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How many chicks can a hen cover?

post #1 of 5
Thread Starter 
I currently have 24 eggs in my incubator, and one of my light Sussex pullets has gone very broody. She's been at it a week, so I figured I will move her to the broody pen and see if she keeps it up while I am incubating.
If she does, I would like to try and adopt the chicks that hatch to her. I guess what I don't know is, how many can I give her? I don't think all 24 will hatch, but if 20 do, can she cover 20 chicks?
If not I can set up a heat lamp in the brooder but I prefer to have them with a mama only if possible.
Edited by newwestchick - 3/5/16 at 8:00am
post #2 of 5
What is your weather going to be like? If you modify your profile to show roughly where you are it could help in answering questions like this.

In the heat of summer I gave a hen 15 incubator chicks. She had no trouble raising them all. As a kid I remember a hen bringing 18 chicks off of a hidden nest, again in summer. Those chicks will increase in size really quickly. In summer the hen doesn’t have to necessarily cover them all at the same time. I often see chicks sleeping next to or even on top of Mama in warm weather. No, I do not mean 90 to 95 and drop it 5 degrees a week temperatures. They can handle a lot cooler than that.

In winter however the hen may need to cover them all at the same time, even after they are two or three weeks old. Usually by four weeks they are fully feathered and can handle pretty cold temperatures but if you are talking really truly cold they may need a few more days.

Even if I knew exactly what your temperatures will be for the next couple of months that’s a hard one to answer. I’d go with 20 if the overnight lows were in the lower 70’s. If it’s cooler than that I’d cut back on what would be an acceptable number. It’s just hard to know what my maximum number would be.

When you come to a fork in the road, take it.

 

"If you make every game a life-and-death proposition, you're going to have problems. For one thing, you'll be dead a lot." — former North Carolina coach Dean Smith

 

http://www.backyardchickens.com/a/how-much-room-do-chickens-need

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When you come to a fork in the road, take it.

 

"If you make every game a life-and-death proposition, you're going to have problems. For one thing, you'll be dead a lot." — former North Carolina coach Dean Smith

 

http://www.backyardchickens.com/a/how-much-room-do-chickens-need

Reply
post #3 of 5
Thread Starter 
I'm in Vancouver BC, Canada. Please bear with my degrees Celsius tongue.png

It about 5-10 overnight and up to 13-17 during the day. Sweatshirt weather but not freezing temps - think Seattle WA.

I had a broody hatch last summer and was surprised at how little time the chicks spent under her, really only at night and for a quick warm up here and there. It is not too hot in the summer either, if it's above 25 we all complain haha.

I'll see if I can modify my profile! Thanks!
post #4 of 5
I’ve worked in Europe, Asia, and Africa, Celsius isn’t a problem for me. I’m surprised your nighttime lows will be that warm, in Vancouver I’d expect cooler. But you are on the water. That tends to moderate the temperatures a lot.

That’s a hard one. I’d probably be uncomfortable with more than a dozen. But a possible suggestion. Can you build a predator proof area, maybe in the coop, where you can safely provide heat? I usually don’t recommend anything like this with a broody hen but with this many chicks, well you need to stay flexible.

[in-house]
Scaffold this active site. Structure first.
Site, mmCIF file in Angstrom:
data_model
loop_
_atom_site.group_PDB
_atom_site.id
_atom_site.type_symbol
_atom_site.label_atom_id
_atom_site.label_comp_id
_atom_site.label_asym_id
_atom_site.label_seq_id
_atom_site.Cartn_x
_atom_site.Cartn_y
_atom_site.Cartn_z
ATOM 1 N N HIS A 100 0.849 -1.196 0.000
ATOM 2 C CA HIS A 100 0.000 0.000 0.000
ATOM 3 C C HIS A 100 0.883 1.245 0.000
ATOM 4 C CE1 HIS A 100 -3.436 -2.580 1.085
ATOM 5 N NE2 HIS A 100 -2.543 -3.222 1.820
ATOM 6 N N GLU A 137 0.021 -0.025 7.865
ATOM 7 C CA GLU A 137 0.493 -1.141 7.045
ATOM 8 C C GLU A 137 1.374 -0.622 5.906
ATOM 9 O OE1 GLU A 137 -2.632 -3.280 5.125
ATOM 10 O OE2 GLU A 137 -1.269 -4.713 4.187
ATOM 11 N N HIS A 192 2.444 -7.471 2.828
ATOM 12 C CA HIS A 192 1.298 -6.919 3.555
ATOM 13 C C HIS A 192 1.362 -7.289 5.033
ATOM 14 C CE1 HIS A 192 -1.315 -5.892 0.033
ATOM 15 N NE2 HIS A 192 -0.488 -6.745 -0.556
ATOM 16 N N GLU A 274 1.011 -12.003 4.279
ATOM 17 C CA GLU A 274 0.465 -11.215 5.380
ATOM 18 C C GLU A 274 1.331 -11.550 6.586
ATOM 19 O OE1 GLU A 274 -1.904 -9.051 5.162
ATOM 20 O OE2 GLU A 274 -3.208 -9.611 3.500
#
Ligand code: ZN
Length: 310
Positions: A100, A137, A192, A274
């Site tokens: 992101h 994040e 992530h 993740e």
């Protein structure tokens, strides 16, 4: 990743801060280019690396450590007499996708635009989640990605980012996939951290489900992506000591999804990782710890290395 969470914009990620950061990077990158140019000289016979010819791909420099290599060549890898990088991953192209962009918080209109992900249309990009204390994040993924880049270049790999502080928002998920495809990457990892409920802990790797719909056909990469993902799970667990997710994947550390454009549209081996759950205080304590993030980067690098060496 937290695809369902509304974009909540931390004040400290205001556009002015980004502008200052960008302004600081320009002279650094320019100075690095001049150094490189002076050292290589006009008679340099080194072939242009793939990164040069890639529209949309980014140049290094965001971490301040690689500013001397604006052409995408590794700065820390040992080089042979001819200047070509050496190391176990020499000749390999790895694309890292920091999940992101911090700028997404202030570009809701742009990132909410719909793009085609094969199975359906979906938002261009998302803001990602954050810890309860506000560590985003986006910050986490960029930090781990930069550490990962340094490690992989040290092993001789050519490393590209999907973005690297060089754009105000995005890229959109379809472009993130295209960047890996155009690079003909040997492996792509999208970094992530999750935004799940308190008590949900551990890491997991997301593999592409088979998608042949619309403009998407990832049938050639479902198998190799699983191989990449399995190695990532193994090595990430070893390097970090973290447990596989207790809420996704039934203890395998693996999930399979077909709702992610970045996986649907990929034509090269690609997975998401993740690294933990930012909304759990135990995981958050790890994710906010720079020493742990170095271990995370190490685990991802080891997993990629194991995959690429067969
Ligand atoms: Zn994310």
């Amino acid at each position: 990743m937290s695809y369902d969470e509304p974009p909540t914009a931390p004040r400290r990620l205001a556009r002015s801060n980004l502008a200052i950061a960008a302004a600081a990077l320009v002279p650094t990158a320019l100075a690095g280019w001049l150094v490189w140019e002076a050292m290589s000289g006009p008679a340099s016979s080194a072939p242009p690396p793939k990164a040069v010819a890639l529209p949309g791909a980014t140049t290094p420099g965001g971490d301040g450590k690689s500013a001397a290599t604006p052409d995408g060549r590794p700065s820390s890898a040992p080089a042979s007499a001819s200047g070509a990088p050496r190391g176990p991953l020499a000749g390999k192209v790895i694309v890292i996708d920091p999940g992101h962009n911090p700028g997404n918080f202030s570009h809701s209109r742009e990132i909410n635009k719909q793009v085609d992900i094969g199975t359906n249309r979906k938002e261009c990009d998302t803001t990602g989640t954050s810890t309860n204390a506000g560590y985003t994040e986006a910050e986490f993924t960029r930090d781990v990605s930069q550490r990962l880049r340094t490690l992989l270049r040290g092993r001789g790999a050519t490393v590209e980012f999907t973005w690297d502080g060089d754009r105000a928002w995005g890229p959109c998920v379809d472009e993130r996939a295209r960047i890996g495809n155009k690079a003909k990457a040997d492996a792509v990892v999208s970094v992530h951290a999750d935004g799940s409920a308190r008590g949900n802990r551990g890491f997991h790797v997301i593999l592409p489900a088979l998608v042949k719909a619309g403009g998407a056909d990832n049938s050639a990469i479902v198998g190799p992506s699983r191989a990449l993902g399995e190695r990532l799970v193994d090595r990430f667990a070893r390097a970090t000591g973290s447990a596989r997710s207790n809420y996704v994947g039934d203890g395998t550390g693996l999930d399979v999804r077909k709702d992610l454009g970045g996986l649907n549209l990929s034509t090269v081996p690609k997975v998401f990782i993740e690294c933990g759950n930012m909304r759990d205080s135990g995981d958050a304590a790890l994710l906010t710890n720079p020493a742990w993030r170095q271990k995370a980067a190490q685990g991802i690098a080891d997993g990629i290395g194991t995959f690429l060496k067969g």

What I’m envisioning is a fairly large box you can lock the hen and chicks in after they have bonded. You might even have wire on the far end. Keep them locked in there for a few days, usually two or three is enough. The hen should then take them back there at night to sleep. I do something like this occasionally when my coop is getting pretty full and a hen hatches, but do not provide heat. Just heat one corner and let the rest cool down as it will. I’d bet the hen will be able to manage with that help.

It would probably be easier to raise them yourself though.

When you come to a fork in the road, take it.

 

"If you make every game a life-and-death proposition, you're going to have problems. For one thing, you'll be dead a lot." — former North Carolina coach Dean Smith

 

http://www.backyardchickens.com/a/how-much-room-do-chickens-need

Reply

When you come to a fork in the road, take it.

 

"If you make every game a life-and-death proposition, you're going to have problems. For one thing, you'll be dead a lot." — former North Carolina coach Dean Smith

 

http://www.backyardchickens.com/a/how-much-room-do-chickens-need

Reply
post #5 of 5
Thread Starter 
Amazingly you have described to a tee the brooder we are putting in the coop tomorrow. I have a large open air coop with a small house the hens roost in so its not conducive to having a broody. We hatched with a broody in a large dog crate last year but it was too tight - plus we have a significant rat problem so need to wait until the chicks are at least 3 weeks before they can range at all (we lost one at a week last time). I'm able to add a heat lamp should they need it, but prefer not to. I guess I can play it by ear smile.png

We are so warm this year! El Niño... I have half my garden planted already and we haven't had a frost in over two weeks. Crazy times.
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